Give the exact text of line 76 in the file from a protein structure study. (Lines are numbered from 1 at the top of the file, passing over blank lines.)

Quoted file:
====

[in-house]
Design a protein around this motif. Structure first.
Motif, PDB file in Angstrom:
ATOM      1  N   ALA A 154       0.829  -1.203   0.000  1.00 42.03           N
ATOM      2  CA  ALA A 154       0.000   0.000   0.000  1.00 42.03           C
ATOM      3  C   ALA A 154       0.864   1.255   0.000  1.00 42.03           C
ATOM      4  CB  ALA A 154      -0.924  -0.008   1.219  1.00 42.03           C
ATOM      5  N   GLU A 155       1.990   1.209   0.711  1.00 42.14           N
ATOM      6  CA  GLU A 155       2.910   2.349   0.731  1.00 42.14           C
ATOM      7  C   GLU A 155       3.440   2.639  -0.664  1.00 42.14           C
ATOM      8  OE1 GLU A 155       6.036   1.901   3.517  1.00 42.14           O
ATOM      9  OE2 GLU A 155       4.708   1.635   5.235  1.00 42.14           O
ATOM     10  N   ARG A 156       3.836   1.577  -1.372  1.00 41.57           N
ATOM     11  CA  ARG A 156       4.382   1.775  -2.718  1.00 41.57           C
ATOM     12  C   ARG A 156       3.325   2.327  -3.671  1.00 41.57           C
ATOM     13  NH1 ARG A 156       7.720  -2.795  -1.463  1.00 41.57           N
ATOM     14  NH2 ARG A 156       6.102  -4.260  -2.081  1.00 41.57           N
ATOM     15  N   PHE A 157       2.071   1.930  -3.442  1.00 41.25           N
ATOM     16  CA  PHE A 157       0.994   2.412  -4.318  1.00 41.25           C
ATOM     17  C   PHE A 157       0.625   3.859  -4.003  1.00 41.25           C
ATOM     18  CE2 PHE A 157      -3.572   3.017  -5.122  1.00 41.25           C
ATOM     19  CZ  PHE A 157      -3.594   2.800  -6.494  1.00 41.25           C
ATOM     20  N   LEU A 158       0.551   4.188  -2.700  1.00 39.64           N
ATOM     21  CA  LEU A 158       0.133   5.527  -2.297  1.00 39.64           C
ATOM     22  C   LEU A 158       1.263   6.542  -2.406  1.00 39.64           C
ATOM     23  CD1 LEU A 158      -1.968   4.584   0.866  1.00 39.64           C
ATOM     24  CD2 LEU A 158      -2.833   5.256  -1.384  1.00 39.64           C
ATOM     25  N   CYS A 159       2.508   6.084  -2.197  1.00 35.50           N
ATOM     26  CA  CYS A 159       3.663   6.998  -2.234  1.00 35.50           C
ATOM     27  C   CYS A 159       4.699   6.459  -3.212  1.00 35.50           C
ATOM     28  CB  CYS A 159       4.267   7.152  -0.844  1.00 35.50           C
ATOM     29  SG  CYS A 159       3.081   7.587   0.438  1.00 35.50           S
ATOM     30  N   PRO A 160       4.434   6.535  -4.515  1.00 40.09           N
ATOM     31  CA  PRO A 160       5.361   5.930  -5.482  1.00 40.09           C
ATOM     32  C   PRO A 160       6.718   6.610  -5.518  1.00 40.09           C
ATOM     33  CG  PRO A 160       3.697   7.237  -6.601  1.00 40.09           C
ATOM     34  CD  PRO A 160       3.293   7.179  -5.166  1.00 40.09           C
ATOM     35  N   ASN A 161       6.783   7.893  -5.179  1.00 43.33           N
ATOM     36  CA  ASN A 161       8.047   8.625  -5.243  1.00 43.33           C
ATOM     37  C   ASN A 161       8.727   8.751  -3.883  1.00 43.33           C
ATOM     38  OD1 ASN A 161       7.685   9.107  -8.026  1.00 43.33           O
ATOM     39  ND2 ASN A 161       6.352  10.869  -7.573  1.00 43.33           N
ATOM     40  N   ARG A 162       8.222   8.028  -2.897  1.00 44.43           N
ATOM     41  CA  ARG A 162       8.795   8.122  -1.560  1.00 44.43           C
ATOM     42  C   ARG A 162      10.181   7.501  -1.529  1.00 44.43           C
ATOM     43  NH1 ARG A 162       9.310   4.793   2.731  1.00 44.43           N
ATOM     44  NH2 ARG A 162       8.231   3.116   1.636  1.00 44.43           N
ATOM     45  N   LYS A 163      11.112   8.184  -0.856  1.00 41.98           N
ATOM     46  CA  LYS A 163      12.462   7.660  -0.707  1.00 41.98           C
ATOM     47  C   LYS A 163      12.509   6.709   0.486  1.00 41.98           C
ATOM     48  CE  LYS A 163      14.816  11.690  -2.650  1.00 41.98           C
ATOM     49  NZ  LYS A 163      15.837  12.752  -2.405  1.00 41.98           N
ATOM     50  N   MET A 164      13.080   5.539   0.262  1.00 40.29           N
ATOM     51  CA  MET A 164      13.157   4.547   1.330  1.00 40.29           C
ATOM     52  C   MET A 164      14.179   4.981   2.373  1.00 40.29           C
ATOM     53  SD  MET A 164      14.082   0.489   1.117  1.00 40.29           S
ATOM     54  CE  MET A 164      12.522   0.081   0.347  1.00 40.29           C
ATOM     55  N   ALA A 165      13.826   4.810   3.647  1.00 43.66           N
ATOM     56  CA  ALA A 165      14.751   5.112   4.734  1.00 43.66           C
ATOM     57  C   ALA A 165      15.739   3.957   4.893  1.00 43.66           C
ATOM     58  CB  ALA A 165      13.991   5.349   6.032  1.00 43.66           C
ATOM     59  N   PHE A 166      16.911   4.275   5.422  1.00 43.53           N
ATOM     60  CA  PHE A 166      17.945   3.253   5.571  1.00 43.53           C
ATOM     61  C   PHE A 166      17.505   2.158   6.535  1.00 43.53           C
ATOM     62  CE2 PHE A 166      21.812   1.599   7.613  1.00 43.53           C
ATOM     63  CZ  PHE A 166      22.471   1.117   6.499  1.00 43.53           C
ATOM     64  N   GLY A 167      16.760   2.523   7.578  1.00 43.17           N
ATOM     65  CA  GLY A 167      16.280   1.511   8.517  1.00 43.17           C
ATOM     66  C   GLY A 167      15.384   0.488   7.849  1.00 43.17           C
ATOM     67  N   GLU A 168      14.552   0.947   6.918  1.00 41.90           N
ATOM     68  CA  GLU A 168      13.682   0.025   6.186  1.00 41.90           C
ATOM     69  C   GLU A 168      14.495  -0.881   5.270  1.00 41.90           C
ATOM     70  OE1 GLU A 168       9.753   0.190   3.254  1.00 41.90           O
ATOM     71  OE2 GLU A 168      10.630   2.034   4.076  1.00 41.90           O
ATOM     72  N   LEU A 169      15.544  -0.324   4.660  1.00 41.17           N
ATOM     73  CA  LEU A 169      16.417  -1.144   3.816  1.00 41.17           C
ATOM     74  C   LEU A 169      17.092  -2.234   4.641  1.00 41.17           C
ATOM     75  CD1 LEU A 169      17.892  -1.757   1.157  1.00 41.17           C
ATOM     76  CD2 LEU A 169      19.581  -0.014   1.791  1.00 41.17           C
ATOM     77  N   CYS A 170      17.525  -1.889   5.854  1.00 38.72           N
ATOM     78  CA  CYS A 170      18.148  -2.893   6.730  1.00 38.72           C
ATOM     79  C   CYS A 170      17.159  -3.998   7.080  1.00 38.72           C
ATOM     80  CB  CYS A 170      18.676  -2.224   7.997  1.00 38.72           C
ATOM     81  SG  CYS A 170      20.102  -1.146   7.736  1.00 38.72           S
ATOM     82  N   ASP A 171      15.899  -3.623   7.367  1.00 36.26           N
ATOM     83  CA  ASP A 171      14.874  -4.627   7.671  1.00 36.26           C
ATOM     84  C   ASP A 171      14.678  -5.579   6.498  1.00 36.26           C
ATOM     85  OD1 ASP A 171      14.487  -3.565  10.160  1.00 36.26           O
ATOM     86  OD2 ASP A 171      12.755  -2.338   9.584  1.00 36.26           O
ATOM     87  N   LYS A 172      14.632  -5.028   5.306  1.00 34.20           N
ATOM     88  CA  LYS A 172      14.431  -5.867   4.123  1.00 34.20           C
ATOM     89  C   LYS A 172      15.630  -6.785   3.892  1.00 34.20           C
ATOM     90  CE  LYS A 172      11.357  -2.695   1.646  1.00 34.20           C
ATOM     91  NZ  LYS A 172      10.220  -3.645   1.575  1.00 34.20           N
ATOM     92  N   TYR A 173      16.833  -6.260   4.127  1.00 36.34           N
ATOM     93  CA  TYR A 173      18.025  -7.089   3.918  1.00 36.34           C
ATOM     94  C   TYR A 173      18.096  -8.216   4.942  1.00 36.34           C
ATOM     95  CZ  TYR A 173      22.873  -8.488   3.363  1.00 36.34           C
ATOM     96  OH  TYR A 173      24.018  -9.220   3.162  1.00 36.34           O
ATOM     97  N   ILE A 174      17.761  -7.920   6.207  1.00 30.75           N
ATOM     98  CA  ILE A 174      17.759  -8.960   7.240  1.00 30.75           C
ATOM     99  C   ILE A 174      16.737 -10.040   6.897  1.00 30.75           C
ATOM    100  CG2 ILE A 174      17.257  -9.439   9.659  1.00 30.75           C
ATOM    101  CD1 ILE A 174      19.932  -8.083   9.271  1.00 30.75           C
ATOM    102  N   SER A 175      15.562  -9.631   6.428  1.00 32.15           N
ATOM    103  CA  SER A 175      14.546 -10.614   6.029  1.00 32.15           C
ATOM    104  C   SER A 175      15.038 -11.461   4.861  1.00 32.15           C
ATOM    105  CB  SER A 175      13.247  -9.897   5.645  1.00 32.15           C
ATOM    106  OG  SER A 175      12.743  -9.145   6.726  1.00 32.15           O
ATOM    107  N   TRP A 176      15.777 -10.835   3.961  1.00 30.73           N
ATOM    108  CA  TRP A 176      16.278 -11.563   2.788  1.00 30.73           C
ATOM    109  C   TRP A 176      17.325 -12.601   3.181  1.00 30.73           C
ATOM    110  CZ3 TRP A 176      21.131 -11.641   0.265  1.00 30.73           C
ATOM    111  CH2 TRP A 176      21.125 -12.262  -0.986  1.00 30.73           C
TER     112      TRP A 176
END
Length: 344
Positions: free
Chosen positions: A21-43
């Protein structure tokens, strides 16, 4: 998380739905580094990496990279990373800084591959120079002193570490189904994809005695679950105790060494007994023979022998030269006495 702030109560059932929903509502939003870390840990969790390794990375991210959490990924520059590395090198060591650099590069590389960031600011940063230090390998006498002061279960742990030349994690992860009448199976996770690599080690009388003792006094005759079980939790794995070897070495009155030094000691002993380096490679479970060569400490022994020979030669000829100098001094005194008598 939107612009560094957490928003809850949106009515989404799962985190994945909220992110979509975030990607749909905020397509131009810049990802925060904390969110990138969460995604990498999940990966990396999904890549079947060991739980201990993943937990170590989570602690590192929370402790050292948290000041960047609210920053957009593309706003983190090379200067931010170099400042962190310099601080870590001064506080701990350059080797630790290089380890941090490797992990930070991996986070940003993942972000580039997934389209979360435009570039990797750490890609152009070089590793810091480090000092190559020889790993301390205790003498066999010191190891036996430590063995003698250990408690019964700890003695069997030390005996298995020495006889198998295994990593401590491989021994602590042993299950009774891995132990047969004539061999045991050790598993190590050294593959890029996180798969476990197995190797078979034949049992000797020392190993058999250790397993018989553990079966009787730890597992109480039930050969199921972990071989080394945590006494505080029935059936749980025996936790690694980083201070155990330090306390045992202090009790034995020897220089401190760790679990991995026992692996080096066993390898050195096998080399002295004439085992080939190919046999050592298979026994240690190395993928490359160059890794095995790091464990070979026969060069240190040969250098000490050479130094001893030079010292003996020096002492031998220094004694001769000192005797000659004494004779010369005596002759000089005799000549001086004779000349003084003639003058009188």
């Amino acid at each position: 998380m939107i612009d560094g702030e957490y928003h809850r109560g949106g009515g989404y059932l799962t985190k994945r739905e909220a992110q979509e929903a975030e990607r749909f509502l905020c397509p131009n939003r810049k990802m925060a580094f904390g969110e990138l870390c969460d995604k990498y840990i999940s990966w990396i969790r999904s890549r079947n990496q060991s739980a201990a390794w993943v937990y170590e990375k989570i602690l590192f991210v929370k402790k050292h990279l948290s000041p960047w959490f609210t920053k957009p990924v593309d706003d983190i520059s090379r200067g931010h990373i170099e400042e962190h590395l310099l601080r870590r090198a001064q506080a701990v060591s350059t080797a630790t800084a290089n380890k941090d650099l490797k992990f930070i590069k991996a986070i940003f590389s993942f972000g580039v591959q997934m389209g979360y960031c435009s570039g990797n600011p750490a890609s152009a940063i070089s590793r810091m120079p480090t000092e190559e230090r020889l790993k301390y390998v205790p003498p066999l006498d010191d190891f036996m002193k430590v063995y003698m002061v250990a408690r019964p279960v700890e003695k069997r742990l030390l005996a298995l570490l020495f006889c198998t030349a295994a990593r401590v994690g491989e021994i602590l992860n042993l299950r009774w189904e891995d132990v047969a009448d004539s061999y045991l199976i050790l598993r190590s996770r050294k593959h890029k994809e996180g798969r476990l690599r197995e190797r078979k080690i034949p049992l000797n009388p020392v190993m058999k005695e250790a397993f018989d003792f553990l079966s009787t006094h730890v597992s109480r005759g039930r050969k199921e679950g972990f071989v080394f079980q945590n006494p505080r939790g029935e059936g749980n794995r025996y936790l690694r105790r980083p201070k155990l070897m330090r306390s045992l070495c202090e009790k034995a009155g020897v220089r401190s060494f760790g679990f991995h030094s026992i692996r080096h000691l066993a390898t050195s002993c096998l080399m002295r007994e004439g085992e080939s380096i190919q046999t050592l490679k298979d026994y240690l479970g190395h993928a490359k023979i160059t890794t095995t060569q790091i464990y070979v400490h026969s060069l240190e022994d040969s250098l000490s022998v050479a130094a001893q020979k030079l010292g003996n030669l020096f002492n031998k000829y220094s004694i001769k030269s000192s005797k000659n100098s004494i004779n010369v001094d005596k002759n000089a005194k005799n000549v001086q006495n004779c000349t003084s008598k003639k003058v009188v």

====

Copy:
ATOM     73  CA  LEU A 169      16.417  -1.144   3.816  1.00 41.17           C